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This Thursday I am doing something a little different.  One of my brilliant nephews, Zed, is undertaking sponsored tasks to raise money for a project, and I have sponsored him to provide a book review for me.

Normally reviews are shared on Tuesdays but I thought this deserved to be treated as the special post it is.

And now I’ll hand you over to Zed…

Time Riders

Time Riders is a series of books written by Alex Scarrow. He wrote other titles too, such as Afterlight and the Candle Man. Time Riders is one of the best book series that I have ever read and as I went through the series I found myself getting addicted (in a good way) to it.

In the first book the Time Riders are introduced and the concept of time travel is explained. If you are wondering what the Time Riders programme is and why it was set up, it is a secret organisation that prevents history being changed (in case others have or are building a time machine despite it being against the law). It was set up by fictional billionaire Roald Waldstein who was the first to experience time travel and the first to realise it is not meant to happen.

The future in the book shows a smart virus being created and unleashed on the world (the Kosong-Ni virus) but not knowing the virus’ place of origin its release can’t be prevented. Over the series the Time Riders get suspicious of why Waldstein is trying to fuel the extinction of humanity and not trying to change history to create a better future.

In the final books the Time Riders are chased out of their home/base and the have to flee to Victorian England (during the time Jack the Ripper was still at large) to get away from Waldstein. Then, after many days of planning they go to a man named Adam (who they encountered earlier in the book series) and go to a hidden city in the Mayan Period to find a time portal beam going through the core of the earth and time, to Jerusalem during the time of Jesus Christ. Finally, some of the Time Riders end up going to Waldstein and the rest of them go to the other end of the time portal beam.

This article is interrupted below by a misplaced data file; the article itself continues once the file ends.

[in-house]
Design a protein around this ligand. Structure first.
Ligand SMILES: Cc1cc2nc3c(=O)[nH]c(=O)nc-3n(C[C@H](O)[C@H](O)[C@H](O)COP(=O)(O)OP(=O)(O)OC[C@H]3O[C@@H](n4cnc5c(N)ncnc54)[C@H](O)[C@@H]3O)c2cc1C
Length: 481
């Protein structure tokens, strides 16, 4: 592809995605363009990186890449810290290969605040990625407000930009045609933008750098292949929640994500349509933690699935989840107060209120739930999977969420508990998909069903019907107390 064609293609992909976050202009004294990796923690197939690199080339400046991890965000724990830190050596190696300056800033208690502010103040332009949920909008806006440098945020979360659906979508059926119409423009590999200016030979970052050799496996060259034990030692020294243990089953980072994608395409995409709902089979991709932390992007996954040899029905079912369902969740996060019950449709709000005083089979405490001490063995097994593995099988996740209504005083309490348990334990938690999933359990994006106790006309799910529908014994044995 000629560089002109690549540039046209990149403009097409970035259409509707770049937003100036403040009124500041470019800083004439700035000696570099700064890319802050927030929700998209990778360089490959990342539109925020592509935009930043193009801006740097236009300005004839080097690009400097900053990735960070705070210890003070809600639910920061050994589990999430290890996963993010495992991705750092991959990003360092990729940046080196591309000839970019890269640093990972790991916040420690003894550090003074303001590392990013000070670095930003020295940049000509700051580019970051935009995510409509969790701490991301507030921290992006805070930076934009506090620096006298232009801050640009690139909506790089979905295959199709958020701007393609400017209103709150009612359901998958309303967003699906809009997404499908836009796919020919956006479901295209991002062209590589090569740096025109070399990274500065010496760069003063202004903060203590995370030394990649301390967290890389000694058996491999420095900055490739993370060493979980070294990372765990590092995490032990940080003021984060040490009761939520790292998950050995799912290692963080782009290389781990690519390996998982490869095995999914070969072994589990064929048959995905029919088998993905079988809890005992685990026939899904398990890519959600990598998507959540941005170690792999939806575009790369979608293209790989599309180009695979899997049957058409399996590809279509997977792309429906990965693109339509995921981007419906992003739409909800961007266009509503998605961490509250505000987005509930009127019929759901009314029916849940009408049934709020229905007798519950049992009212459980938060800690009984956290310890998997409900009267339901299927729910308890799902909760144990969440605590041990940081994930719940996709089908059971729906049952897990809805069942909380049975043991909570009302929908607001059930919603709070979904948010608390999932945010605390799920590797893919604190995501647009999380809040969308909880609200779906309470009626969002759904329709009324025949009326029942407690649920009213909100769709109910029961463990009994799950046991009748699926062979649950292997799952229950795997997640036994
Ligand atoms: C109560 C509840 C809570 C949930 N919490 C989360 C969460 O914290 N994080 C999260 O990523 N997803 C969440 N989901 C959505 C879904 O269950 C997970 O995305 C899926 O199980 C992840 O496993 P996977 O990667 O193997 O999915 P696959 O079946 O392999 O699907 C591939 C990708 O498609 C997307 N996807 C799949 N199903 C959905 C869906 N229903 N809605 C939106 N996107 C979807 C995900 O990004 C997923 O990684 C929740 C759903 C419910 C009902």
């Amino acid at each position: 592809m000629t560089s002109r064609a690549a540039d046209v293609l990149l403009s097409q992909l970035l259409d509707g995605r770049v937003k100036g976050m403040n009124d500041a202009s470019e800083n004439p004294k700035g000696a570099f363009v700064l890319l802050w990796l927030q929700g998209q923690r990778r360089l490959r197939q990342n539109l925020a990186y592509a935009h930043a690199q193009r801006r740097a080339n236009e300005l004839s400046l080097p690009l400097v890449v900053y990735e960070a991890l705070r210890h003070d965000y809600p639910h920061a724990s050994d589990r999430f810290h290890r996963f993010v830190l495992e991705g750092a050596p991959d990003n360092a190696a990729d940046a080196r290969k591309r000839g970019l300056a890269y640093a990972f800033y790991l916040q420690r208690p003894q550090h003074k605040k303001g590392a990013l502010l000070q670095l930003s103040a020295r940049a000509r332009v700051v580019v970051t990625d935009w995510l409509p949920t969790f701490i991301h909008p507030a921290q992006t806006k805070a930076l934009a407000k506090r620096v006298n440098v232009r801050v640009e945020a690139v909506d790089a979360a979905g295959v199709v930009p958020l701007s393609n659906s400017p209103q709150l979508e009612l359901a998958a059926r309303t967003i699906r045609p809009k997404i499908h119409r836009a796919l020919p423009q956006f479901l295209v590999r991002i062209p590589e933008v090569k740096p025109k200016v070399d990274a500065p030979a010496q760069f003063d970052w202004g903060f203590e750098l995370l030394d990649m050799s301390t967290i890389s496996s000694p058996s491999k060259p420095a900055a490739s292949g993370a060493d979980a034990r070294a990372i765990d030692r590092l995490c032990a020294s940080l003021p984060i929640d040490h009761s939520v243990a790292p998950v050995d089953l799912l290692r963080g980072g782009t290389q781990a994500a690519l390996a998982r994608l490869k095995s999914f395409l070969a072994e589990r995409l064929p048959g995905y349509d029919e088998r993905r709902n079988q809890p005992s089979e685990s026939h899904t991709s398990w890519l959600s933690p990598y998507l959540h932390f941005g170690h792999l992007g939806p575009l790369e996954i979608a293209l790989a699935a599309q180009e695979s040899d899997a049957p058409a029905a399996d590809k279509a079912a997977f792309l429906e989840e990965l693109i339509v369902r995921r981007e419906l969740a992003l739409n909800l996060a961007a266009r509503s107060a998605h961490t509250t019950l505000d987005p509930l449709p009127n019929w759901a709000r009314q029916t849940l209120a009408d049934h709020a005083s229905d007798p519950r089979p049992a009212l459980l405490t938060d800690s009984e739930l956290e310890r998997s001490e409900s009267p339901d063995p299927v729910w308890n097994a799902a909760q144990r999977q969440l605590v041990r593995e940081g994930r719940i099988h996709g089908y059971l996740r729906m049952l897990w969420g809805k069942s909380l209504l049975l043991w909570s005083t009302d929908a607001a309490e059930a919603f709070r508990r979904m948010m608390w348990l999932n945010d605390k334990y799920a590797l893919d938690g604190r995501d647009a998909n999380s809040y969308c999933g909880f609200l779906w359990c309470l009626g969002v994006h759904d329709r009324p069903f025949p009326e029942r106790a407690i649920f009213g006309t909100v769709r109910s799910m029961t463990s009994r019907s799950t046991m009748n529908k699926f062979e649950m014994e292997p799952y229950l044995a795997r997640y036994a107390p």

Ever since I started reading this series I have been on the edge of my seat, glued to the page and reading and reading and finally getting to the last book to finish what I had started… The best book series I have ever read.

And there you have it; if you are looking for a young adult book series, Time Riders sounds like a good option.

I think I’ll ask Zed if I can borrow his books!

Happy reading,

EJ (and Zed)

🙂

P.S. if you like this review and want to let Zed know, please say so in the comments!

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The book is Rachel Cusk’s Arlington Park and I did indeed give up.

I cajoled myself to read a bit more after last week, but this one isn’t for me.  It may well suit me at another time, but I have too many books I am excited to start reading to keep going with one I am not really enjoying at the moment.

I don’t really relish the writing style, which is the biggest issue for me: metaphors, word repitition and prolonged descriptions abound.  All have their value of course, but all at once it can be a little overwhelming and I found myself wanting to skip through it. Also, the first four characters I met all showed fairly unedifying personality traits.  Put these together and there’s no hook for me, as a reader.

It’s a shame because I was really hoping to see something more from this.  From other reviews I’ve seen it’s quite deeply feminist and I wonder if that also has an impact: if something is overtly political it can seem more focussed on the message than the plot. Interestingly (to me!), the last book I gave up on was also overtly political.